Skip to comments.Daily Reflections with Oswald Chambers [October 15, 2013]
Posted on 10/15/2013 5:50:48 PM PDT by Vision
The key to the missionarys message is the propitiation of Christ Jesus His sacrifice for us that completely satisfied the wrath of God. Look at any other aspect of Christs work, whether it is healing, saving, or sanctifying, and you will see that there is nothing limitless about those. But “The Lamb of God who takes away the sin of the world!” that is limitless (John 1:29). The missionarys message is the limitless importance of Jesus Christ as the propitiation for our sins, and a missionary is someone who is immersed in the truth of that revelation.
The real key to the missionarys message is the “remissionary” aspect of Christs life, not His kindness, His goodness, or even His revealing of the fatherhood of God to us. “. . . repentance and remission of sins should be preached . . . to all nations . . .” (Luke 24:47). The greatest message of limitless importance is that “He Himself is the propitiation for our sins . . . .” The missionarys message is not nationalistic, favoring nations or individuals; it is “for the whole world.” When the Holy Spirit comes into me, He does not consider my partialities or preferences; He simply brings me into oneness with the Lord Jesus.
A missionary is someone who is bound by marriage to the stated mission and purpose of his Lord and Master. He is not to proclaim his own point of view, but is only to proclaim “the Lamb of God.” It is easier to belong to a faction that simply tells what Jesus Christ has done for me, and easier to become a devotee of divine healing, or of a special type of sanctification, or of the baptism of the Holy Spirit. But Paul did not say, “Woe is me if I do not preach what Christ has done for me,” but, “. . . woe is me if I do not preach the gospel!” (1 Corinthians 9:16). And this is the gospel “the Lamb of God who takes away the sin of the world!”
Oswald Chambers (1874-1917) was born July 24, 1874, in Aberdeen, Scotland. Converted in his teen years under the ministry of Charles Haddon Spurgeon, he studied art and archaeology at the University of Edinburgh before answering a call from God to the Christian ministry. He then studied theology at Dunoon College. From 1906-1910 he conducted an itinerant Bible-teaching ministry in the United States, the United Kingdom, and Japan.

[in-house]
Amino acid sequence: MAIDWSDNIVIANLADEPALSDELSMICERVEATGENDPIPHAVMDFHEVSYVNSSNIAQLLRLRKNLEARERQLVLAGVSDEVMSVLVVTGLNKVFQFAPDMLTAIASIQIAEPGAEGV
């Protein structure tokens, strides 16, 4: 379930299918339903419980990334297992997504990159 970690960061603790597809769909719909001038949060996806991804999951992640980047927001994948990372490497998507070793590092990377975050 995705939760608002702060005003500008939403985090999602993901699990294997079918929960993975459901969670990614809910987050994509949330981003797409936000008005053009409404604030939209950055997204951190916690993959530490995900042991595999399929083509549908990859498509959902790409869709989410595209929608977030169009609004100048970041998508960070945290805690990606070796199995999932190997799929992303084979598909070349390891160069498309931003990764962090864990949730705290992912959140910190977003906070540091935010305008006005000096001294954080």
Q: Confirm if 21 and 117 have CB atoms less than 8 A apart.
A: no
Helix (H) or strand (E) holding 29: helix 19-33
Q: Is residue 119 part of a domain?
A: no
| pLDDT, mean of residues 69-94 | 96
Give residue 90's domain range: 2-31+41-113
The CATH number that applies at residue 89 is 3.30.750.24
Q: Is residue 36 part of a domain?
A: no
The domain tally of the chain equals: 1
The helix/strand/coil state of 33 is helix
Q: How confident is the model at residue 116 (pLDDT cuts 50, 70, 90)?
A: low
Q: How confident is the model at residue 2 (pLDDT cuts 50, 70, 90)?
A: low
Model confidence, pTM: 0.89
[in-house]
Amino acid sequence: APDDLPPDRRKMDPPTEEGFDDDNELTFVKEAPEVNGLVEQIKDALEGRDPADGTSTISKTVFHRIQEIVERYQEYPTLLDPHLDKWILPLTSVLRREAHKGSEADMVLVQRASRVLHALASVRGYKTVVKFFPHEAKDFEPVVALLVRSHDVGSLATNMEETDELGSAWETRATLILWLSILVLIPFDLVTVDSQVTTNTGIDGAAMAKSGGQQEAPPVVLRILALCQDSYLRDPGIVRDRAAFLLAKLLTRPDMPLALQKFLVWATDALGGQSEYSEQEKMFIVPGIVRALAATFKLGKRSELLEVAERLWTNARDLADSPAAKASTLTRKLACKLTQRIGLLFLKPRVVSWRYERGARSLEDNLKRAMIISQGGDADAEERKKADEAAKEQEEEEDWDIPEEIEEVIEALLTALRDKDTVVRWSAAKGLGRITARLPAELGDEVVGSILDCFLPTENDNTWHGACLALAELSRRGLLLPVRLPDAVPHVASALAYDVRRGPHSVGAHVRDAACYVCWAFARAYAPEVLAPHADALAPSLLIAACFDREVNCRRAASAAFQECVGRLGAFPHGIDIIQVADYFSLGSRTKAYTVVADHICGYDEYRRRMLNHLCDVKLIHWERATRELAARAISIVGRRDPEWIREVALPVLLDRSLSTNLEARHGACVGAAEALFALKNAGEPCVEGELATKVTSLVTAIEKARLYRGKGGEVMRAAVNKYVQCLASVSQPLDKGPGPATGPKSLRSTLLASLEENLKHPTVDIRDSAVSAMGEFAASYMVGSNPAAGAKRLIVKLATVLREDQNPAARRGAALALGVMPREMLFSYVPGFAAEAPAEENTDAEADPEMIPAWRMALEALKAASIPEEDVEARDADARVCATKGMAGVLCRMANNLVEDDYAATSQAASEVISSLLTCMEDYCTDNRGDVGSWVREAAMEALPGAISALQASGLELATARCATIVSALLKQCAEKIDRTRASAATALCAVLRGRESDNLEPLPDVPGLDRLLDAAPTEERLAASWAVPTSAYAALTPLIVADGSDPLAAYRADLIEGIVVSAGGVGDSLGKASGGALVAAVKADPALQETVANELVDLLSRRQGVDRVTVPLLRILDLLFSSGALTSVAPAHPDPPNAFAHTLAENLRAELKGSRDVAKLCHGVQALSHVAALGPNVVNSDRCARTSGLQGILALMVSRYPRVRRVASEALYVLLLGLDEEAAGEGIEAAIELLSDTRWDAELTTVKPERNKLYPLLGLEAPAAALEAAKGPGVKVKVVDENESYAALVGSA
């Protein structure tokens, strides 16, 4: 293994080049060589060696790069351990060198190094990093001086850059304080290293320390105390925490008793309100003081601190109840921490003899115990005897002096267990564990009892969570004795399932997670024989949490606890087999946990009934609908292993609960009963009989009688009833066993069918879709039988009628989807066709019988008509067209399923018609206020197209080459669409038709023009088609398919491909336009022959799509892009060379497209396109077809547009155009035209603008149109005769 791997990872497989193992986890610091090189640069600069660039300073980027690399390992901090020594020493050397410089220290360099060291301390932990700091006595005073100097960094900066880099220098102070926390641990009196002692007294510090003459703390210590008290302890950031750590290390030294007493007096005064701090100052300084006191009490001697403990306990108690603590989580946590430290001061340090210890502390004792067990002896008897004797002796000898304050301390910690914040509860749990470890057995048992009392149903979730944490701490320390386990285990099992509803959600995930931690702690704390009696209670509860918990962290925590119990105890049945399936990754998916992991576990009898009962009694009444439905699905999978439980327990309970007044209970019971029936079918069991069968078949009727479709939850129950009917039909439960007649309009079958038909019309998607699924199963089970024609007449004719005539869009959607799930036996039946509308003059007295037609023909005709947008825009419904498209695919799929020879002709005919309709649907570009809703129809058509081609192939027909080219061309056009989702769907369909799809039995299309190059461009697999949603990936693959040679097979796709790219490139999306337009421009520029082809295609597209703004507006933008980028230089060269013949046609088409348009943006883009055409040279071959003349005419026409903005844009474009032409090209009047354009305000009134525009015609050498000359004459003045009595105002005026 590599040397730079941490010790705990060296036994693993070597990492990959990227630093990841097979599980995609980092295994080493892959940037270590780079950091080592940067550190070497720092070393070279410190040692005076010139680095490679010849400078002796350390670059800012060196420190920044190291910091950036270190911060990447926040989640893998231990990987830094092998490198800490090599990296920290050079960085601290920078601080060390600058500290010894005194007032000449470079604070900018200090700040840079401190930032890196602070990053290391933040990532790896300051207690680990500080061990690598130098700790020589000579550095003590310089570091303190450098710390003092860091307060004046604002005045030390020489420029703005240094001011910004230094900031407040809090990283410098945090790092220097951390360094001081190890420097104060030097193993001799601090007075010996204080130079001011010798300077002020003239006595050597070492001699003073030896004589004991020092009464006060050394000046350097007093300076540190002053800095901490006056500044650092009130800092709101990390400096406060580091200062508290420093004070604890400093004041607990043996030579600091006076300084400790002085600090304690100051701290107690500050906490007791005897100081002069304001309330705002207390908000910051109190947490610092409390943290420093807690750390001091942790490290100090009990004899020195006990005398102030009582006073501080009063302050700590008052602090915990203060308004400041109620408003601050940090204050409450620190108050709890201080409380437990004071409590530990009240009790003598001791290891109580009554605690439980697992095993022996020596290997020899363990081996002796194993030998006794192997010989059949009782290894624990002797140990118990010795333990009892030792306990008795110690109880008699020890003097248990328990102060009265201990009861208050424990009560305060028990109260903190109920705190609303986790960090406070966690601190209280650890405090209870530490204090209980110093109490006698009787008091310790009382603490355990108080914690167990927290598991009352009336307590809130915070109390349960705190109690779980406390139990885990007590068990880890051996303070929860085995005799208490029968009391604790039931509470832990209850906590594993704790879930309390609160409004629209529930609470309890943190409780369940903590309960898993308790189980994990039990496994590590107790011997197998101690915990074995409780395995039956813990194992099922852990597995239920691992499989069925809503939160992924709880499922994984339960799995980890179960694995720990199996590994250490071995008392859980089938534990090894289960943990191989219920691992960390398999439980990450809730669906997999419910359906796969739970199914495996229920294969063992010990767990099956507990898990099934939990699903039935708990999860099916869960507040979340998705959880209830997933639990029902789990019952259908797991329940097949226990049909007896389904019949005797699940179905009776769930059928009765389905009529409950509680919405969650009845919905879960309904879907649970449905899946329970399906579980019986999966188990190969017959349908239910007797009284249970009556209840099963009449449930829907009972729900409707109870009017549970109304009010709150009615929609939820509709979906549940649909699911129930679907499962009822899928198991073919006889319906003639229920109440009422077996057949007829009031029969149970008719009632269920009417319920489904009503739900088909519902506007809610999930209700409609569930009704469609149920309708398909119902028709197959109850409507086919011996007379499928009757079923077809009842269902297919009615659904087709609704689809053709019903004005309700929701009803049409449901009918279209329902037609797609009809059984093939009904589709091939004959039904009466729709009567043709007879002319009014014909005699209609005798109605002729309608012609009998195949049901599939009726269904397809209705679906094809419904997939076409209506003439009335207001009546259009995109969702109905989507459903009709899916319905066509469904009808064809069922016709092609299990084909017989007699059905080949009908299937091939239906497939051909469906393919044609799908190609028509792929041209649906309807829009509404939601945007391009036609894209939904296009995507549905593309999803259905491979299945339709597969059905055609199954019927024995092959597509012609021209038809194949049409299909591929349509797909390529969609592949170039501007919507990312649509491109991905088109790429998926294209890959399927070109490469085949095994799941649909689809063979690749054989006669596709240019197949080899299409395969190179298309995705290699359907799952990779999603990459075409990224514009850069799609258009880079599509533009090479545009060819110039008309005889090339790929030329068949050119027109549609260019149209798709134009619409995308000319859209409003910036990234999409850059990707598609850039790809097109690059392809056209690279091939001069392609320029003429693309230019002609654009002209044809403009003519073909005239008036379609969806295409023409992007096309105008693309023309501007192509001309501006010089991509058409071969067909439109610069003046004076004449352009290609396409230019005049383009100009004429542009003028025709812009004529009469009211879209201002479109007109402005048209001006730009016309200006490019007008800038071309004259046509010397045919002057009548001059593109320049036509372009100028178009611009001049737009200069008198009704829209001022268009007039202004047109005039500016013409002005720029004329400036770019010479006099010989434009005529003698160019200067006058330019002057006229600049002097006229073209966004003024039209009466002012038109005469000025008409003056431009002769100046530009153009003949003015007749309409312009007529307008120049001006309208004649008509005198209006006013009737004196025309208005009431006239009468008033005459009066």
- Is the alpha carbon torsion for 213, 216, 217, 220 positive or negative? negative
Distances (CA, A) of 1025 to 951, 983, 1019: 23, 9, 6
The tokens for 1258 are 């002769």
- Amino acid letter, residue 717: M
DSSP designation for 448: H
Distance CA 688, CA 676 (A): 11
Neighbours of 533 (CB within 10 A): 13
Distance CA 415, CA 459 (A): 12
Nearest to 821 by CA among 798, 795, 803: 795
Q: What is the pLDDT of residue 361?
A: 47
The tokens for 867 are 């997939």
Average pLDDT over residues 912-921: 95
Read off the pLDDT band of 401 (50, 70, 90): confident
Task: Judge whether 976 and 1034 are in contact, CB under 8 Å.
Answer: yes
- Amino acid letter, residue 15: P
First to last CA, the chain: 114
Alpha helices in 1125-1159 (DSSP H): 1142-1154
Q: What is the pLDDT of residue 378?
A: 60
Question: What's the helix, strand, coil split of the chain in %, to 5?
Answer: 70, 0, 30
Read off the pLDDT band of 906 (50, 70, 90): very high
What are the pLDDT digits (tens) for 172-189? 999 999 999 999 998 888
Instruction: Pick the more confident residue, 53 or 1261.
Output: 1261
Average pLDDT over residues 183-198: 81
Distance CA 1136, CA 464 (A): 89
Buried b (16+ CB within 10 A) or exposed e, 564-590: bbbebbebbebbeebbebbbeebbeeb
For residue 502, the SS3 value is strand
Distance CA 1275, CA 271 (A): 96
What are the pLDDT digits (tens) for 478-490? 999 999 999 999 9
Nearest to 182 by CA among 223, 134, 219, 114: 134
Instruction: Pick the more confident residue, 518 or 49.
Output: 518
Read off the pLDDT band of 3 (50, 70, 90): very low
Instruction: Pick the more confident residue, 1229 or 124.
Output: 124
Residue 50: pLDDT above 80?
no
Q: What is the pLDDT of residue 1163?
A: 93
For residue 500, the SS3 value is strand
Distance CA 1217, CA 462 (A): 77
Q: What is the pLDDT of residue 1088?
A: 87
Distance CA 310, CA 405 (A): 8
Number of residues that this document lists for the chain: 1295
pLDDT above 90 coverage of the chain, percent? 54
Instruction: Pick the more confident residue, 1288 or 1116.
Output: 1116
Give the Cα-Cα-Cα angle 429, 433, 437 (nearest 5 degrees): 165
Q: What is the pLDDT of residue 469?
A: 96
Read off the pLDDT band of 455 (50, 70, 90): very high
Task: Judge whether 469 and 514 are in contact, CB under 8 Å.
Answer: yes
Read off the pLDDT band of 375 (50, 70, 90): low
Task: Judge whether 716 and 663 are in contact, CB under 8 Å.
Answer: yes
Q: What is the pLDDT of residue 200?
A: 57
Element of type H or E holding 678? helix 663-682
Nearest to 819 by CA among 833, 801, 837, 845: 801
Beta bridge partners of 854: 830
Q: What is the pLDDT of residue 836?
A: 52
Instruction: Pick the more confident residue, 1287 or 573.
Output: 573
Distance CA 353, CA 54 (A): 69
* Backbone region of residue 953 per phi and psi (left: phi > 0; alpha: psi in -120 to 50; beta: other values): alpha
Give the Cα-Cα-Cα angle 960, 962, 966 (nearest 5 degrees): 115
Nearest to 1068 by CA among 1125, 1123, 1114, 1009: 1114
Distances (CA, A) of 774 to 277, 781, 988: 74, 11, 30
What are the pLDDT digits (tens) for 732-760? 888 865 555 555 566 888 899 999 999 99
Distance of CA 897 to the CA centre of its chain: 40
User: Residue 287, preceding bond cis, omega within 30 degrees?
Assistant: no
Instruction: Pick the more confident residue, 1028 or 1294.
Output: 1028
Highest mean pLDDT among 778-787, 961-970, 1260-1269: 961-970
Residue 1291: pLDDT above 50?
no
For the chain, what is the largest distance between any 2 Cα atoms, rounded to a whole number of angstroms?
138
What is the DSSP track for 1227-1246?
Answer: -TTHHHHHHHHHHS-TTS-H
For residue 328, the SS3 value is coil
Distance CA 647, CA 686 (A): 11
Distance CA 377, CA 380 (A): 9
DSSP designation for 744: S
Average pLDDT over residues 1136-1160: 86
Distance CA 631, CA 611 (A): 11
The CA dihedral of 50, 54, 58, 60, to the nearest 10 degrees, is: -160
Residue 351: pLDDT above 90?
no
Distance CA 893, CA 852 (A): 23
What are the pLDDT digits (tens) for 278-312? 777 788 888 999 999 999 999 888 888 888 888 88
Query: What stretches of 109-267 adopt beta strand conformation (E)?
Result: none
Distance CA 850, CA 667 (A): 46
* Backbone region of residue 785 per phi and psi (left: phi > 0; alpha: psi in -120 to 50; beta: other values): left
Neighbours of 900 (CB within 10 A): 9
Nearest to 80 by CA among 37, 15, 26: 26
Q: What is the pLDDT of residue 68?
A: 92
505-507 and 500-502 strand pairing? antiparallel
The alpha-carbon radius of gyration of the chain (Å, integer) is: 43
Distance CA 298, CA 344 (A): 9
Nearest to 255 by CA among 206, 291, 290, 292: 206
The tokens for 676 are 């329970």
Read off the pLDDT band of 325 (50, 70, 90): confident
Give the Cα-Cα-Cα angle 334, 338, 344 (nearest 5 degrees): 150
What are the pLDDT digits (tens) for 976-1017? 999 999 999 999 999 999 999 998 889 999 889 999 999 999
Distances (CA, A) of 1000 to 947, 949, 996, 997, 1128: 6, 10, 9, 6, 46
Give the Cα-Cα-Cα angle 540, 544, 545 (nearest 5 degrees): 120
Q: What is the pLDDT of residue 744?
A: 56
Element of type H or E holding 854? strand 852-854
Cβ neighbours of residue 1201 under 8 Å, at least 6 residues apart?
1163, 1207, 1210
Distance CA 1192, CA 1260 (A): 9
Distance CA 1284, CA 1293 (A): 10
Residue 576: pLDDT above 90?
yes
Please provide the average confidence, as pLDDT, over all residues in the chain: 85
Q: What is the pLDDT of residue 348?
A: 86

In 1910, Chambers married Gertrude Hobbs. They had one daughter, Kathleen.
In 1911 he founded and became principal of the Bible Training College in Clapham, London, where he lectured until the school was closed in 1915 because of World War I. In October 1915 he sailed for Zeitoun, Egypt (near Cairo), where he ministered to troops from Australia and New Zealand as a YMCA chaplain. He died there November 15, 1917, following surgery for a ruptured appendix.
Although Oswald Chambers wrote only one book, Baffled to Fight Better, more than thirty titles bear his name. With this one exception, published works were compiled by Mrs. Chambers, a court stenographer, from her verbatim shorthand notes of his messages taken during their seven years of marriage. For half a century following her husband's death she labored to give his words to the world.
My Utmost For His Highest, his best-known book, has been continuously in print in the United States since 1935 and remains in the top ten titles of the religious book bestseller list with millions of copies in print. It has become a Christian classic.
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I can attest from personal experience that reading from Chambers daily will almost certainly change - not one's faith - but one's perspective of his/her own faith, and open up new vistas in your spiritual life. If - when - this happens to a reader of these threads, and they choose to share what has happened within them - we are treading on hallowed ground. Be respectful.
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It is truly wonderful to read the sermons of Christians not tainted by the modern and post modern periods. They were clearly focused on the brass tacks of the Gospel. I love to read and study Spurgeon. I also make great use of the commentaries of John Gill and Matthew Henry. Men devoted entirely to evangelism.
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